Lewis explains, “Teachers attribute positive motives to children, making it very hard for children to develop an identity as ‘bad’ children.” As Gross points out, parents in the US tend to worry that if their child steals something at 5, they will grow up to be thieves, and if their children hit, they will become bullies. In Japan, Lewis writes, “The point of discipline is to help shape a character that you believe to be intrinsically good and well-intentioned, and fostering a child’s ‘understanding,’ not ‘compliance,’ is the ultimate goal.”
While US teachers tend to try to motivate children to behave by discouraging bad behavior, punishing them with a disapproving tone of voice or a recess taken away, teachers in Japan take a longer view. According to Lewis, "teachers are less interested in meting out immediate consequences for bad behavior." They believe that “The best way to motivate children to behave or try to get along with others is to enhance their feelings of belonging, not make them feel bad.”
Granted, Japanese culture has been criticized for allowing bullying to go unchecked in older children, but there may be something to take from the premise. Children need guidance more often than they need limits. It does not help a child to allow them to do whatever they want, but when we shift our thinking to assume positive intent rather than worry about potential criminality, we shift our own behavior to becoming both connected and more mature as parents and teachers. (More on the emotional maturity of adults will be in next month's post, Part 3 of The Trouble with Setting Limits.)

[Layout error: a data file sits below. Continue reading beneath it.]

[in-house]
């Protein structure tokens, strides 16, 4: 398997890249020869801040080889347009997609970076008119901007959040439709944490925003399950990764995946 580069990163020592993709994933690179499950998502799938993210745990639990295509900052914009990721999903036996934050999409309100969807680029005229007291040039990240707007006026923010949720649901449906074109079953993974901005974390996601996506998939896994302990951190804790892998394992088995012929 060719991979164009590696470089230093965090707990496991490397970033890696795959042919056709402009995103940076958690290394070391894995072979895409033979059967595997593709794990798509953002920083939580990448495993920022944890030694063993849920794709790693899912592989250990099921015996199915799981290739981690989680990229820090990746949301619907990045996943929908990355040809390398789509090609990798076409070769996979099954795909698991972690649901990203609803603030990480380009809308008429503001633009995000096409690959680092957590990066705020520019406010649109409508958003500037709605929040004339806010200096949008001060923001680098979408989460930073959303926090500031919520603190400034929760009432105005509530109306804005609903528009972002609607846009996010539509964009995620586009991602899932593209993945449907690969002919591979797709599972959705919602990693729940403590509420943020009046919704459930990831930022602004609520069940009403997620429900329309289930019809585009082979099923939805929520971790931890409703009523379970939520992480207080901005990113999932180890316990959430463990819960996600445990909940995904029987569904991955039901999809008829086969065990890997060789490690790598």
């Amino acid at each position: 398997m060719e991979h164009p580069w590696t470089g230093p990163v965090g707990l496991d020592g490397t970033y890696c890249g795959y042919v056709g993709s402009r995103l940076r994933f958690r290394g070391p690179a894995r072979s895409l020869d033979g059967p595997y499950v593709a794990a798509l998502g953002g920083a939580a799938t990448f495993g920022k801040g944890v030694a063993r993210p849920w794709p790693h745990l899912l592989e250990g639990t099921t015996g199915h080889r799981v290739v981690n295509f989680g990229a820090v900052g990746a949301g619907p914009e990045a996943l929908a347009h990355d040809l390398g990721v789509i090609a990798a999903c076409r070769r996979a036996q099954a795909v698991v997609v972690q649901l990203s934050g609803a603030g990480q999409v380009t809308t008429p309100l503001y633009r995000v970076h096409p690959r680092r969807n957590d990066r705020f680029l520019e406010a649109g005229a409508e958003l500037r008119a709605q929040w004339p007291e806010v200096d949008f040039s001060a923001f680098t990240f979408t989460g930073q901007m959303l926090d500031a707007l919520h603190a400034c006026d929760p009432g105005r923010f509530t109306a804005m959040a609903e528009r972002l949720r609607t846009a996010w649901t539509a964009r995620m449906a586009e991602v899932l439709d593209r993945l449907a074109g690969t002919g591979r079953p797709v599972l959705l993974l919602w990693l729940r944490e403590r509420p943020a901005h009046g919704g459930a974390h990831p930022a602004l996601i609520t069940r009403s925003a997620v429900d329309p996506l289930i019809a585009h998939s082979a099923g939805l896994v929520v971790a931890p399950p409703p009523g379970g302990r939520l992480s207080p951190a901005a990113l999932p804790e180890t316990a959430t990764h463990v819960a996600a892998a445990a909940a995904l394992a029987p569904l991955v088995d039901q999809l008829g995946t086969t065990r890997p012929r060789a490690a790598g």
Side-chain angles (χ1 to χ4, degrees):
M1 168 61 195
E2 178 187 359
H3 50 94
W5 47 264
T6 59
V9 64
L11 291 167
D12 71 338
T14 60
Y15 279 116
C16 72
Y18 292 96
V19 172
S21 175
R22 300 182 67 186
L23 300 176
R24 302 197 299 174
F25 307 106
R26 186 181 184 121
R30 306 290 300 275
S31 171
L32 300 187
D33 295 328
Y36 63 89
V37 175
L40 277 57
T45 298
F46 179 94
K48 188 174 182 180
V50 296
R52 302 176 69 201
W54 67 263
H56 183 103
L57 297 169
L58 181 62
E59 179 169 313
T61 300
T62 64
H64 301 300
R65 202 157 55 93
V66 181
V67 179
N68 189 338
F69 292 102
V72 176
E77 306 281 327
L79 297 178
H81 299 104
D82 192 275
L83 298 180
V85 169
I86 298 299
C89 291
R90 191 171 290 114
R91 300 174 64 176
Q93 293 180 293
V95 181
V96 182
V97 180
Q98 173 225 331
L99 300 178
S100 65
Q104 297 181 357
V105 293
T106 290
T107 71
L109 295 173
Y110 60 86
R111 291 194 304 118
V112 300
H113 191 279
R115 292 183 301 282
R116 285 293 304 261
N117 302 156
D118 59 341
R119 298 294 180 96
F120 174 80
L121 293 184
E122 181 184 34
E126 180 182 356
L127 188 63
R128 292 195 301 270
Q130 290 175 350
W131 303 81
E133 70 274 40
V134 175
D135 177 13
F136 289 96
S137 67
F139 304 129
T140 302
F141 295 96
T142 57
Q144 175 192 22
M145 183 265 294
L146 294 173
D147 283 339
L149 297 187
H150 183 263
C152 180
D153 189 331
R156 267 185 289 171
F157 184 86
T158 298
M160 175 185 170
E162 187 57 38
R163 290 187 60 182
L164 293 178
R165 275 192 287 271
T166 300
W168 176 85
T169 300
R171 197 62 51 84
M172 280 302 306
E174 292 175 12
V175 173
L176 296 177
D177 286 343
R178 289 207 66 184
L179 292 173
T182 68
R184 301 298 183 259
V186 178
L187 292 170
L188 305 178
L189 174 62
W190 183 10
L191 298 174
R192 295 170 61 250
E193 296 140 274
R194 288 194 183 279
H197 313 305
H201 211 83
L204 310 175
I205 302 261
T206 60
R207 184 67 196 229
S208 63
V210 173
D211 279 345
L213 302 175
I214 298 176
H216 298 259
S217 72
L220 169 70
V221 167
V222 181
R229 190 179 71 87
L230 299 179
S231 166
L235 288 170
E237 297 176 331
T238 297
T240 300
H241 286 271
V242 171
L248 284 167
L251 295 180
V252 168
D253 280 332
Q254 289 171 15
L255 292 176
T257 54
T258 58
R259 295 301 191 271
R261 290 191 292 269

Will guiding stop the behavior better than imposing limits? Consider what happens in your own home or classroom. Using the language of the Neurorelational Framework of flexibility vs. rigidity and chaos vs. stability, would you say that limit-setting has felt more flexible or more rigid in your relationship with a child? If you answered more rigid, you may notice that this rigidity causes the child's anxiety level to rise. The loss of connection creates a sense of instability, and this instability can create more chaotic behaviors in children who have a hard time regulating emotions and energy levels.
Many examples exist where limit-setting offers greater stability without creating relationship rigidity. If, however, you do not have a connected way of setting limits, you may be more likely to feel that limits contribute to a sense of rigidity in your relationship. For these children, we can move from chaos to stability by using egalitarian relationship tools. An approach that inspires connection can transform that rigidity into greater flexibility, turning chaotic interactions with children into more stable ones. Connection inspires understanding; understanding inspires cooperation.
Egalitarian Tool #2: For something non-urgent, try letting a child do as they do. Give a reason to do it differently once, then stand back and let them decide. For a class on staying out of a child’s business, join the last Alta August class this Wednesday, August 29, from 9-12, or join the Inquiry Circle Meetup Sept. 16 on The Three Kinds of Business.